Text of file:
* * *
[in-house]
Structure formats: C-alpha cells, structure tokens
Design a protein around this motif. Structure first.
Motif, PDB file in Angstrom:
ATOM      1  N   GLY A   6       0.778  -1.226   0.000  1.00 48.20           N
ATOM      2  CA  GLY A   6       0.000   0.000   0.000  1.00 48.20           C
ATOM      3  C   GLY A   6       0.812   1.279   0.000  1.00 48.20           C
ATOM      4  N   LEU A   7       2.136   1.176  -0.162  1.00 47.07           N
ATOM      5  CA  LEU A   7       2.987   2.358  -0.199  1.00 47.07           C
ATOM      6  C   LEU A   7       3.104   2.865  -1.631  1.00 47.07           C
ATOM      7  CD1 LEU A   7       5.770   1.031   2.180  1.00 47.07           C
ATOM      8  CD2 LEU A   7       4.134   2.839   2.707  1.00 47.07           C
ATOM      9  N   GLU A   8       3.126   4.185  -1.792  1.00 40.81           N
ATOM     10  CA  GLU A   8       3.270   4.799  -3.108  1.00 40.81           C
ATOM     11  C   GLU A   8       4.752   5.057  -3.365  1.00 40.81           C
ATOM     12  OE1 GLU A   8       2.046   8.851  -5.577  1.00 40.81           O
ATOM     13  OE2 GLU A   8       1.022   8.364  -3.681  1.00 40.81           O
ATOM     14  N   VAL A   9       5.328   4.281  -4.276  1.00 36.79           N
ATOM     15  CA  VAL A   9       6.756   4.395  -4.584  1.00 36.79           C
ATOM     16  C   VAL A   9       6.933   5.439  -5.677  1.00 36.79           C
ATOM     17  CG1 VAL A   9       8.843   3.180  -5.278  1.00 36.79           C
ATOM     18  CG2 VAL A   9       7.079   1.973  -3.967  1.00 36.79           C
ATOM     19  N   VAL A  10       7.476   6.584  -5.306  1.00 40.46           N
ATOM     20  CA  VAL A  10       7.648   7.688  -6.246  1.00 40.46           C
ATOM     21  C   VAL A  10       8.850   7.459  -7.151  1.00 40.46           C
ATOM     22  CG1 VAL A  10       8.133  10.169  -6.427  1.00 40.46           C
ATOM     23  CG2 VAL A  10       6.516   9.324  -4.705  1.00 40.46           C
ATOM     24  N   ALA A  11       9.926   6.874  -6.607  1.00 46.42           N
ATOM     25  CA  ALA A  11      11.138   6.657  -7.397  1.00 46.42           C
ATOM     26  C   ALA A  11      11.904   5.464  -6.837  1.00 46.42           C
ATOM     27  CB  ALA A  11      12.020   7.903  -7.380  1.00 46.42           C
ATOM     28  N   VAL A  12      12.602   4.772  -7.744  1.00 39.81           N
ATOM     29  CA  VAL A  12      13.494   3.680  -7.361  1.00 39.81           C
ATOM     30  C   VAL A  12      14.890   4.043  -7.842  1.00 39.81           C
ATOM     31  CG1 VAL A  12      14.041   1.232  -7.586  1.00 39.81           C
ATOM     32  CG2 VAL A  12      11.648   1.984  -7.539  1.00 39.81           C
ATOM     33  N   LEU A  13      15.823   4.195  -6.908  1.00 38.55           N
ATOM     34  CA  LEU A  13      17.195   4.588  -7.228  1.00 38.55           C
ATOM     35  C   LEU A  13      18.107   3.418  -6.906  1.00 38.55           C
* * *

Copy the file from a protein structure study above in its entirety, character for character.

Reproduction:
[in-house]
Structure formats: C-alpha cells, structure tokens
Design a protein around this motif. Structure first.
Motif, PDB file in Angstrom:
ATOM      1  N   GLY A   6       0.778  -1.226   0.000  1.00 48.20           N
ATOM      2  CA  GLY A   6       0.000   0.000   0.000  1.00 48.20           C
ATOM      3  C   GLY A   6       0.812   1.279   0.000  1.00 48.20           C
ATOM      4  N   LEU A   7       2.136   1.176  -0.162  1.00 47.07           N
ATOM      5  CA  LEU A   7       2.987   2.358  -0.199  1.00 47.07           C
ATOM      6  C   LEU A   7       3.104   2.865  -1.631  1.00 47.07           C
ATOM      7  CD1 LEU A   7       5.770   1.031   2.180  1.00 47.07           C
ATOM      8  CD2 LEU A   7       4.134   2.839   2.707  1.00 47.07           C
ATOM      9  N   GLU A   8       3.126   4.185  -1.792  1.00 40.81           N
ATOM     10  CA  GLU A   8       3.270   4.799  -3.108  1.00 40.81           C
ATOM     11  C   GLU A   8       4.752   5.057  -3.365  1.00 40.81           C
ATOM     12  OE1 GLU A   8       2.046   8.851  -5.577  1.00 40.81           O
ATOM     13  OE2 GLU A   8       1.022   8.364  -3.681  1.00 40.81           O
ATOM     14  N   VAL A   9       5.328   4.281  -4.276  1.00 36.79           N
ATOM     15  CA  VAL A   9       6.756   4.395  -4.584  1.00 36.79           C
ATOM     16  C   VAL A   9       6.933   5.439  -5.677  1.00 36.79           C
ATOM     17  CG1 VAL A   9       8.843   3.180  -5.278  1.00 36.79           C
ATOM     18  CG2 VAL A   9       7.079   1.973  -3.967  1.00 36.79           C
ATOM     19  N   VAL A  10       7.476   6.584  -5.306  1.00 40.46           N
ATOM     20  CA  VAL A  10       7.648   7.688  -6.246  1.00 40.46           C
ATOM     21  C   VAL A  10       8.850   7.459  -7.151  1.00 40.46           C
ATOM     22  CG1 VAL A  10       8.133  10.169  -6.427  1.00 40.46           C
ATOM     23  CG2 VAL A  10       6.516   9.324  -4.705  1.00 40.46           C
ATOM     24  N   ALA A  11       9.926   6.874  -6.607  1.00 46.42           N
ATOM     25  CA  ALA A  11      11.138   6.657  -7.397  1.00 46.42           C
ATOM     26  C   ALA A  11      11.904   5.464  -6.837  1.00 46.42           C
ATOM     27  CB  ALA A  11      12.020   7.903  -7.380  1.00 46.42           C
ATOM     28  N   VAL A  12      12.602   4.772  -7.744  1.00 39.81           N
ATOM     29  CA  VAL A  12      13.494   3.680  -7.361  1.00 39.81           C
ATOM     30  C   VAL A  12      14.890   4.043  -7.842  1.00 39.81           C
ATOM     31  CG1 VAL A  12      14.041   1.232  -7.586  1.00 39.81           C
ATOM     32  CG2 VAL A  12      11.648   1.984  -7.539  1.00 39.81           C
ATOM     33  N   LEU A  13      15.823   4.195  -6.908  1.00 38.55           N
ATOM     34  CA  LEU A  13      17.195   4.588  -7.228  1.00 38.55           C
ATOM     35  C   LEU A  13      18.107   3.418  -6.906  1.00 38.55           C